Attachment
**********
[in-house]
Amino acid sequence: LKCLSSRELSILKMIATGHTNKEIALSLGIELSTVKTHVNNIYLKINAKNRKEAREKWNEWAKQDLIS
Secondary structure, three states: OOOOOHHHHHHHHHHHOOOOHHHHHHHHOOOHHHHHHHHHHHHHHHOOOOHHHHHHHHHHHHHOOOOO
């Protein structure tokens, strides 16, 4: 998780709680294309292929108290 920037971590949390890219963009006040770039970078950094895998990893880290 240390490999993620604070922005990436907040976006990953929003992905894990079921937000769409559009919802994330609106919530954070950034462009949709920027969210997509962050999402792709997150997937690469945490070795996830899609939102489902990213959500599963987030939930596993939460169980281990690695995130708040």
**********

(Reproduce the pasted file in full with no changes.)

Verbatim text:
[in-house]
Amino acid sequence: LKCLSSRELSILKMIATGHTNKEIALSLGIELSTVKTHVNNIYLKINAKNRKEAREKWNEWAKQDLIS
Secondary structure, three states: OOOOOHHHHHHHHHHHOOOOHHHHHHHHOOOHHHHHHHHHHHHHHHOOOOHHHHHHHHHHHHHOOOOO
């Protein structure tokens, strides 16, 4: 998780709680294309292929108290 920037971590949390890219963009006040770039970078950094895998990893880290 240390490999993620604070922005990436907040976006990953929003992905894990079921937000769409559009919802994330609106919530954070950034462009949709920027969210997509962050999402792709997150997937690469945490070795996830899609939102489902990213959500599963987030939930596993939460169980281990690695995130708040």